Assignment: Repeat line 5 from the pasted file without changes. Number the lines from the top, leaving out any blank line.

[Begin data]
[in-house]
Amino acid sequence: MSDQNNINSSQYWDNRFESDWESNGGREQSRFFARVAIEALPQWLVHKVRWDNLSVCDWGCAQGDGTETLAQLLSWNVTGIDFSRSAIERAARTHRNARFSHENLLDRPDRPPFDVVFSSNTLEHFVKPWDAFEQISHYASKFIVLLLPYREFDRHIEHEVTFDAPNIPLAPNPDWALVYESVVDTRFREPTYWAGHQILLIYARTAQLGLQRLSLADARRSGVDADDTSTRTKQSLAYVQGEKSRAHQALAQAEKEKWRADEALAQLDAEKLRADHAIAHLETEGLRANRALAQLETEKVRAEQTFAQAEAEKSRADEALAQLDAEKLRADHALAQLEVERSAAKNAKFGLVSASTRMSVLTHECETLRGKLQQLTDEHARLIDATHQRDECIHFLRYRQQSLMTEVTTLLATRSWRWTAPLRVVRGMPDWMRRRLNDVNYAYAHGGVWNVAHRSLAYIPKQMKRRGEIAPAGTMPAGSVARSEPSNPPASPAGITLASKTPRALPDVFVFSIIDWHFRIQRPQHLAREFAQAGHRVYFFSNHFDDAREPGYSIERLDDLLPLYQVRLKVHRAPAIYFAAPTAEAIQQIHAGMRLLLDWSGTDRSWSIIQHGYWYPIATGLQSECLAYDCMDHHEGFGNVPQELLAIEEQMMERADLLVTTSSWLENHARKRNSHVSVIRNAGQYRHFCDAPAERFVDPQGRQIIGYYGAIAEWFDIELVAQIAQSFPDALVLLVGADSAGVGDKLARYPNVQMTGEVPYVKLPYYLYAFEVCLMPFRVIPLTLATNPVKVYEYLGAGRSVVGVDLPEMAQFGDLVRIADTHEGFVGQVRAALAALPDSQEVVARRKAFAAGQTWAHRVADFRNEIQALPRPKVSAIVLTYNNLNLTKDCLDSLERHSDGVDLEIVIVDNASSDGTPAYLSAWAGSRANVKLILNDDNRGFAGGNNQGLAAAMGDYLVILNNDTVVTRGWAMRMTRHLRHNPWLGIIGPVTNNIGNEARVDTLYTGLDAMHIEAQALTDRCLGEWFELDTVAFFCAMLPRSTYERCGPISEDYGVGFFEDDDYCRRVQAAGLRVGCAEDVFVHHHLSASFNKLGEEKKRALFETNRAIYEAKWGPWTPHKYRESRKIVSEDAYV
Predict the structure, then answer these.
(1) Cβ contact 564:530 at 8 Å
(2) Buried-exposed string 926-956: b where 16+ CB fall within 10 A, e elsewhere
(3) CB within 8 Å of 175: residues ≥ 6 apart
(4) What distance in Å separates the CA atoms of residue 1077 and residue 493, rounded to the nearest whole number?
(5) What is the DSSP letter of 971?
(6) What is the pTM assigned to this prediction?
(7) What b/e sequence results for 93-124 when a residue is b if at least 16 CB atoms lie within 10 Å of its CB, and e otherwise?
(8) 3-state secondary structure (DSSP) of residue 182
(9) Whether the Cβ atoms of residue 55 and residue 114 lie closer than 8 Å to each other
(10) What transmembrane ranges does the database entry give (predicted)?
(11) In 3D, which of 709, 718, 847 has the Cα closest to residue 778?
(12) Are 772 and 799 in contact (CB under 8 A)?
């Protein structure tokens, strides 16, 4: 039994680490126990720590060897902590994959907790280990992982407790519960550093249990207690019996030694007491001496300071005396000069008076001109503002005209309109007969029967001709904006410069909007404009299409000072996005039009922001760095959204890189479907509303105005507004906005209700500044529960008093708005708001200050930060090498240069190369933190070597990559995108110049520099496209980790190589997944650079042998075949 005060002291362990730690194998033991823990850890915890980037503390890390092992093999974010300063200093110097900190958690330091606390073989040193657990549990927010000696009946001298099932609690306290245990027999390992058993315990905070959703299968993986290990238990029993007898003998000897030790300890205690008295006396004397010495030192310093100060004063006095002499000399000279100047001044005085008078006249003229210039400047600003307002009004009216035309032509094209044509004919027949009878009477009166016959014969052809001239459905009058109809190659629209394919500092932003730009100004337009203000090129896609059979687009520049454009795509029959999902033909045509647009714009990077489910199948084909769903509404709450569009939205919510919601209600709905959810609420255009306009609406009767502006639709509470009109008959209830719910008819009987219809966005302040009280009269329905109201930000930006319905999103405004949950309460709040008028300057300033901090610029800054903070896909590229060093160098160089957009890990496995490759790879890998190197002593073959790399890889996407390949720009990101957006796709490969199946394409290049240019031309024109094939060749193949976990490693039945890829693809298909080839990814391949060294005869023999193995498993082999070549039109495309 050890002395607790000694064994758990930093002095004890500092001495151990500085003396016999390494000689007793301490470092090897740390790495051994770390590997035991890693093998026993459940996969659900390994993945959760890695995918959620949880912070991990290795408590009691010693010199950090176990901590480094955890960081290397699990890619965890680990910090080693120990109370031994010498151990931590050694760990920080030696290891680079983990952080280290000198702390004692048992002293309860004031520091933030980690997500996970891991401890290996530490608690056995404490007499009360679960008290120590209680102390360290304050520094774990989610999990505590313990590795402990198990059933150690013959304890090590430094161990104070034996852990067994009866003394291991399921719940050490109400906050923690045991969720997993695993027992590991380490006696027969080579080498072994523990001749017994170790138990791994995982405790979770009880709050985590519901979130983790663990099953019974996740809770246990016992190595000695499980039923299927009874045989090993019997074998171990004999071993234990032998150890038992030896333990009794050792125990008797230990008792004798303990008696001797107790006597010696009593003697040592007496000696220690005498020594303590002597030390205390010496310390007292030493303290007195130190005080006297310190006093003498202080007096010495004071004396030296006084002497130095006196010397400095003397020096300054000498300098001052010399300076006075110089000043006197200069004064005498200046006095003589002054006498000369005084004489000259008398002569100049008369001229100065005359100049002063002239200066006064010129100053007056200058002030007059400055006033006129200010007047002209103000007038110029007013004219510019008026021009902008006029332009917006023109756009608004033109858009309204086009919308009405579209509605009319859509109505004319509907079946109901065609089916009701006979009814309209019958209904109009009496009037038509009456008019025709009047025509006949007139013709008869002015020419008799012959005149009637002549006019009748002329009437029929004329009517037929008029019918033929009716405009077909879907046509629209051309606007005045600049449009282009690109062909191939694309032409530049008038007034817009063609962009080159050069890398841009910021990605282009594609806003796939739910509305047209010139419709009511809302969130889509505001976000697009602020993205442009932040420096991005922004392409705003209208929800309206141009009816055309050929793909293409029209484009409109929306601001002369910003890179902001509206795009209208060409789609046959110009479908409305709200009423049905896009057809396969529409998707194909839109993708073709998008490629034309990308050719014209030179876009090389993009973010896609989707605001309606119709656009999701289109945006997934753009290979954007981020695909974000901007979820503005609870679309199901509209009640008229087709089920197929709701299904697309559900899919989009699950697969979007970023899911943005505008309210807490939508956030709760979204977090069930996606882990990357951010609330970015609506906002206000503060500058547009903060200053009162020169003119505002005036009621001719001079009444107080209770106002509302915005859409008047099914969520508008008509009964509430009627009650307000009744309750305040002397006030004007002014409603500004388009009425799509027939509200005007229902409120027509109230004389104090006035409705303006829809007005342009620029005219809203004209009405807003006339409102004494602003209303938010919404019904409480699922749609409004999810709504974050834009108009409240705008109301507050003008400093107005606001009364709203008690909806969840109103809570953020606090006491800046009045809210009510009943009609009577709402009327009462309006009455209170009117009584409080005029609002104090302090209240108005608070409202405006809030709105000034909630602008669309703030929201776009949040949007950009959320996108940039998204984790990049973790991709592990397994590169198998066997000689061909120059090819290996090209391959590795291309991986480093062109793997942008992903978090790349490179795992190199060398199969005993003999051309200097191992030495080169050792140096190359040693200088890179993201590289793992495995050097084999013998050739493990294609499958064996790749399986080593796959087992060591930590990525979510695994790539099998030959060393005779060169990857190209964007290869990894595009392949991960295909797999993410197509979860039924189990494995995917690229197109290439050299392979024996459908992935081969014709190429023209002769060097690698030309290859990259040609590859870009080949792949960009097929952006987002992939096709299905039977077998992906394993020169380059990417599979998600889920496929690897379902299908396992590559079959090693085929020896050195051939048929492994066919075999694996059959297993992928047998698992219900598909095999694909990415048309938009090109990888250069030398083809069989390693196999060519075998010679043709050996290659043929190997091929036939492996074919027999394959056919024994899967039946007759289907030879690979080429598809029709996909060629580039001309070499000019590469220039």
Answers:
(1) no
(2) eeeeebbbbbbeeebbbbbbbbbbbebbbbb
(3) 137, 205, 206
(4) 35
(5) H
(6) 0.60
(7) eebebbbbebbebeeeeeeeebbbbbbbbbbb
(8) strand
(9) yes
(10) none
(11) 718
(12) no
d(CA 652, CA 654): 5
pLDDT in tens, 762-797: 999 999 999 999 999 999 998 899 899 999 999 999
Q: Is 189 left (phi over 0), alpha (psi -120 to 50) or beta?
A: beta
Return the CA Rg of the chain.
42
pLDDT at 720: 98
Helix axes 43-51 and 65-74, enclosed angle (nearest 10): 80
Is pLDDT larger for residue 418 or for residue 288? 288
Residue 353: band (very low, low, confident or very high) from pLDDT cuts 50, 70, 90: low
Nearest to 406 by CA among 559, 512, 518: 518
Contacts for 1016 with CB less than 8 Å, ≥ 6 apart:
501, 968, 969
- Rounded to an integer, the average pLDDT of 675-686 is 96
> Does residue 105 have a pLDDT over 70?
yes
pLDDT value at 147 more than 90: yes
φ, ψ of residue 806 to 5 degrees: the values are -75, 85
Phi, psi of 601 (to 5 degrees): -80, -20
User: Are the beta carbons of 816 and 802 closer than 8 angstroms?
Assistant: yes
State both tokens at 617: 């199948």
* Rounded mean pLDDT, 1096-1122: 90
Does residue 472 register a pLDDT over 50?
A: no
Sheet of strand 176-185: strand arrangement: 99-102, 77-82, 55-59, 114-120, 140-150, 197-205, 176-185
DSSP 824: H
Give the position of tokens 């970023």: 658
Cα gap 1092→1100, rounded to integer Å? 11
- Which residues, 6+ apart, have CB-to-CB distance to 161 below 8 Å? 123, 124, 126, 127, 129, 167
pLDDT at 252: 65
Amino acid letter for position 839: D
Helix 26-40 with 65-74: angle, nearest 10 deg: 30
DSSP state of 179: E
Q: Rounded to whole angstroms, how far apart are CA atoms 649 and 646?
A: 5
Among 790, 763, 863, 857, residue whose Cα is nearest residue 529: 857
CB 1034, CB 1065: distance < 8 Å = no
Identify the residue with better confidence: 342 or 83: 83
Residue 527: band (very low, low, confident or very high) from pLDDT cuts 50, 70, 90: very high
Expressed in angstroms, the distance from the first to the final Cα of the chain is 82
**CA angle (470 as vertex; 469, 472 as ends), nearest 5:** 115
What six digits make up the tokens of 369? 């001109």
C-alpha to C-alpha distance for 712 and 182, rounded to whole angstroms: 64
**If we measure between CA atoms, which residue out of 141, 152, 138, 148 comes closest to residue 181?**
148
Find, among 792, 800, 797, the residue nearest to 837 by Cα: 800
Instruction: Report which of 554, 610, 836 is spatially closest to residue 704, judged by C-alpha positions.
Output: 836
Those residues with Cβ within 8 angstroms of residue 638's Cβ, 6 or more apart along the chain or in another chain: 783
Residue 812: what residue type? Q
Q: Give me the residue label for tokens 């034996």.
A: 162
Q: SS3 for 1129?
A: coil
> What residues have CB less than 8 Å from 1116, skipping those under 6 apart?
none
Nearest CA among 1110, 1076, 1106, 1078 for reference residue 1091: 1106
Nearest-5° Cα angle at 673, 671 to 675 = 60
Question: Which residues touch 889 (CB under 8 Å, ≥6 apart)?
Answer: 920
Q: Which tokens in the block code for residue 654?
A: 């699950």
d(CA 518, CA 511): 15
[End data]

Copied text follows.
(2) Buried-exposed string 926-956: b where 16+ CB fall within 10 A, e elsewhere